We take a look at Travi$ Scott's many "Rodeo" features, and rank them.
6 Lines From Kendrick Lamar's "To Pimp a Butterfly" We're Still Chewing On Mar 18, 2015 at 03:32pm 55,296 Views
Kendrick Lamar's latest and arguably most impressive effort "To Pimp a Butterfly" is laden with dazzling bars, equipped with illuminating lyrics, all of which marinate in the back of your head like a mind-fuck film might.
With the rise of digital music, decline of music sales, and mass growth and adoption of social networks and blogs, we have seen the playing field become leveled. With that has come fewer major label releases and a lion share of independent releases.
Like with any break-up, when it first occurs the fresh wound stings, but as time passes we learn to accept fate. Over the past few decades, exceptional hip-hop groups have come and gone. Some of them stopped producing music together due to nasty feuds, lawsuits and others decided to split because they knew their music had run its course.
2015 has truly been a landmark year for hip-hop. There have been countless quality album releases from rappers all over, impressive music videos, and the emergence of a new crop of rappers. The ambition and attention to detail on this year’s releases, exemplified by their authoring emcees is indicative of a current renaissance in hip-hop.
Logic has come a long way since he dropped his first Frank Sinatra-inspired mixtape, Young, Broke & Infamous, four years ago. Off the strength of that tape and the three others that followed it, he steady built up his fanbase, utilizing social media and the blogosphere to its fullest.
Dom Kennedy has been working hard since his rise to prominence in 2008. Releasing 7 mixtapes, 2 albums and a bunch of features, Dom may just be the most prolific West Coast rapper in recent history.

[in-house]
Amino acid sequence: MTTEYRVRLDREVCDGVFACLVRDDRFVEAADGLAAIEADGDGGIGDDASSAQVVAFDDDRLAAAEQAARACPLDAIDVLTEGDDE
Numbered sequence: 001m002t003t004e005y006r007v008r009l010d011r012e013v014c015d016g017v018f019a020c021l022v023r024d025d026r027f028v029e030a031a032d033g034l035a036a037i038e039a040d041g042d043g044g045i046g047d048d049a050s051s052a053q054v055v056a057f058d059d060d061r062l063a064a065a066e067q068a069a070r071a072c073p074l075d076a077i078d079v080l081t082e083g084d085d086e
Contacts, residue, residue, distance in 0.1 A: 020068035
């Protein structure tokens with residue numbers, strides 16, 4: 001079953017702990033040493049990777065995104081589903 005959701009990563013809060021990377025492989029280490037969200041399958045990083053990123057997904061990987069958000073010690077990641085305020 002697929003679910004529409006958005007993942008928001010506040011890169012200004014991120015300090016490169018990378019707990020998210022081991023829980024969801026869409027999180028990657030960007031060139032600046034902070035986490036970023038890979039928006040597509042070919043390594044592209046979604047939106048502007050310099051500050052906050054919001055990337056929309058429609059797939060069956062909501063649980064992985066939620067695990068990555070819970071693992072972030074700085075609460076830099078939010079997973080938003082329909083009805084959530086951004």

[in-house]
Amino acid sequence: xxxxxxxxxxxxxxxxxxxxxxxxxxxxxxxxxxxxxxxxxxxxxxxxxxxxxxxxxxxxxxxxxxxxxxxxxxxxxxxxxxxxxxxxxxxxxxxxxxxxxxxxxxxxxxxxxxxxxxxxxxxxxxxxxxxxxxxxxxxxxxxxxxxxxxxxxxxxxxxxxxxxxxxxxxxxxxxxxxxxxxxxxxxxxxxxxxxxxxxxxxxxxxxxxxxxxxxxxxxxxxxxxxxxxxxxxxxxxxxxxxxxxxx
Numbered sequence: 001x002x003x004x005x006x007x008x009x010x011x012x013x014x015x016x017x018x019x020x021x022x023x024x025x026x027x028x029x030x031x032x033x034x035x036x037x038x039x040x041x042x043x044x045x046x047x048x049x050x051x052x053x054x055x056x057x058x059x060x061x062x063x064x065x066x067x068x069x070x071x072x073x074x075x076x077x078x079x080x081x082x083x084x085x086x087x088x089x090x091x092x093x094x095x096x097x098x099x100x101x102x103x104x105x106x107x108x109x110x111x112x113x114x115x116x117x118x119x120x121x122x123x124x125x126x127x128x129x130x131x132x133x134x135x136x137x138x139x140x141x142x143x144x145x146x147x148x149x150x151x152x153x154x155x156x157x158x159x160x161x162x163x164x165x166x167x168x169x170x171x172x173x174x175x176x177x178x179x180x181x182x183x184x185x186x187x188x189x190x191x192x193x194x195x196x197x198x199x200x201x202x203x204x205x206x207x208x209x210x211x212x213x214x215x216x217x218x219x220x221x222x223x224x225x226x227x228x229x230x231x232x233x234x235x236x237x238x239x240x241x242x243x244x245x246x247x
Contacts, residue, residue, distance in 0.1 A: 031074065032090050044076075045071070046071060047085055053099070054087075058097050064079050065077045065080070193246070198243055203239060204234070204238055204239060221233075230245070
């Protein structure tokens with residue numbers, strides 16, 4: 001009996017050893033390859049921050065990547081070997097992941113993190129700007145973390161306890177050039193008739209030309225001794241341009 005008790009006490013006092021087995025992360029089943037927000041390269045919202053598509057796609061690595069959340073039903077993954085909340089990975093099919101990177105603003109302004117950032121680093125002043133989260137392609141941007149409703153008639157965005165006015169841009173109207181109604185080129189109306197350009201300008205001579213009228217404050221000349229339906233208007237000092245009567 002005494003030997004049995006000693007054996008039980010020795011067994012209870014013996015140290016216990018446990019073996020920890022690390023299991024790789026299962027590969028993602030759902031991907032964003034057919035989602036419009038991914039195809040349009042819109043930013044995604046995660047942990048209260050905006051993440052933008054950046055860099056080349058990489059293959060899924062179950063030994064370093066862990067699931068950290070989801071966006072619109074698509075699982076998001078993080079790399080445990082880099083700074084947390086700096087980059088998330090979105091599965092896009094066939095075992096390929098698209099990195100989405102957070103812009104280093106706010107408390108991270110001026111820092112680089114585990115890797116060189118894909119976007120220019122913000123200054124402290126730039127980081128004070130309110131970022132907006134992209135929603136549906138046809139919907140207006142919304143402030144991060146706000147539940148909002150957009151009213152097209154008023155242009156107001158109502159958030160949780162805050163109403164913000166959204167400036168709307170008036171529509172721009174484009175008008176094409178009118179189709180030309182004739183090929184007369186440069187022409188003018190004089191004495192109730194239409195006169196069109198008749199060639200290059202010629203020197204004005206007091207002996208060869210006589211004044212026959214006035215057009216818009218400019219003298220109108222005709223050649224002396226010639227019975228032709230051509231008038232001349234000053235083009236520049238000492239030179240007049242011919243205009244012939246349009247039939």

When most people think of rap and hip-hop, they often only reference American artists. They’re given most of the credit when it comes to claiming the genre as their own and being responsible for its evolution, in some ways, rightly so, after all, New York was hip-hop's birthing place.
Reality television shows became popular after the launch of MTV’s The Real World in 1992. Then came the wildly well liked Survivor and Big Brother, and from then on reality tv has been infiltrating our televisions sets.
In celebration of the contribution hip-hop has made to fashion, HotNewHipHop will look at the 20 most fashionable rappers of all time through the decades, from the 1980s to the present, from shelltoe Adidas and gold chains, Coogi sweaters and shiny suits. From perfectly-angled fitteds to pink minks, Louis Vuitton Dons to Ice Creams and Chuck Taylors to Adidas with Wings.
More so than any weekend since If You're Reading This It's Too Late dropped, the last few days have belonged to Drake. Between premiering his "Energy" video, debuting his and OVO's Beats 1 radio show, sharing three new features/remixes and hinting at his new album's release date, the 6 God had us on high alert all weekend.
Today, we take enjoyment from the misery of others.
Auto-tune was something of a taboo in rap, for some it may always be, but for the most part, it's been accepted as a common songwriting tool.
Many emcees are noted for their serious, aggrandized personas so it becomes easy to forget that for the most part, Hip Hop is about fun and many rappers use their verses to tell some jokes (isn't that why they call them punch lines?).